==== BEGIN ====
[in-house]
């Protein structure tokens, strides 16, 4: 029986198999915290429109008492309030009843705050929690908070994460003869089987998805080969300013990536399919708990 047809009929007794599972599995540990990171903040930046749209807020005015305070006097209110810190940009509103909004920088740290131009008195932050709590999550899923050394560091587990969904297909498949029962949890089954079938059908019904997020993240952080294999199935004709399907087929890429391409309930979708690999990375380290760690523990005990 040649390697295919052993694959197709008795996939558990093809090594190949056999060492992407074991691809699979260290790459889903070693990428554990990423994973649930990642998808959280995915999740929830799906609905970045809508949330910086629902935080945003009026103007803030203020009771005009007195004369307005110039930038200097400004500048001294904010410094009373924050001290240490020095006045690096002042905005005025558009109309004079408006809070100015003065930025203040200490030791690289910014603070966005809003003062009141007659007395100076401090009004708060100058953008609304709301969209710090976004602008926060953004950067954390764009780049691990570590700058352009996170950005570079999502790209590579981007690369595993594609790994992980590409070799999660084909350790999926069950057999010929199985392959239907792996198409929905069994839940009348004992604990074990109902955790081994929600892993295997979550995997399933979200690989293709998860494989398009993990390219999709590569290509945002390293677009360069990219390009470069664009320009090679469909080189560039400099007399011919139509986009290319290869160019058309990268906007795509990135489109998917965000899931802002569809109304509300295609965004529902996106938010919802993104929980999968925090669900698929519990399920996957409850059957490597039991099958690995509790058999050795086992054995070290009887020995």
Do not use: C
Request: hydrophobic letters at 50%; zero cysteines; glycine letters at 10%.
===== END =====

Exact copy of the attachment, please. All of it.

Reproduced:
[in-house]
């Protein structure tokens, strides 16, 4: 029986198999915290429109008492309030009843705050929690908070994460003869089987998805080969300013990536399919708990 047809009929007794599972599995540990990171903040930046749209807020005015305070006097209110810190940009509103909004920088740290131009008195932050709590999550899923050394560091587990969904297909498949029962949890089954079938059908019904997020993240952080294999199935004709399907087929890429391409309930979708690999990375380290760690523990005990 040649390697295919052993694959197709008795996939558990093809090594190949056999060492992407074991691809699979260290790459889903070693990428554990990423994973649930990642998808959280995915999740929830799906609905970045809508949330910086629902935080945003009026103007803030203020009771005009007195004369307005110039930038200097400004500048001294904010410094009373924050001290240490020095006045690096002042905005005025558009109309004079408006809070100015003065930025203040200490030791690289910014603070966005809003003062009141007659007395100076401090009004708060100058953008609304709301969209710090976004602008926060953004950067954390764009780049691990570590700058352009996170950005570079999502790209590579981007690369595993594609790994992980590409070799999660084909350790999926069950057999010929199985392959239907792996198409929905069994839940009348004992604990074990109902955790081994929600892993295997979550995997399933979200690989293709998860494989398009993990390219999709590569290509945002390293677009360069990219390009470069664009320009090679469909080189560039400099007399011919139509986009290319290869160019058309990268906007795509990135489109998917965000899931802002569809109304509300295609965004529902996106938010919802993104929980999968925090669900698929519990399920996957409850059957490597039991099958690995509790058999050795086992054995070290009887020995």
Do not use: C
Request: hydrophobic letters at 50%; zero cysteines; glycine letters at 10%.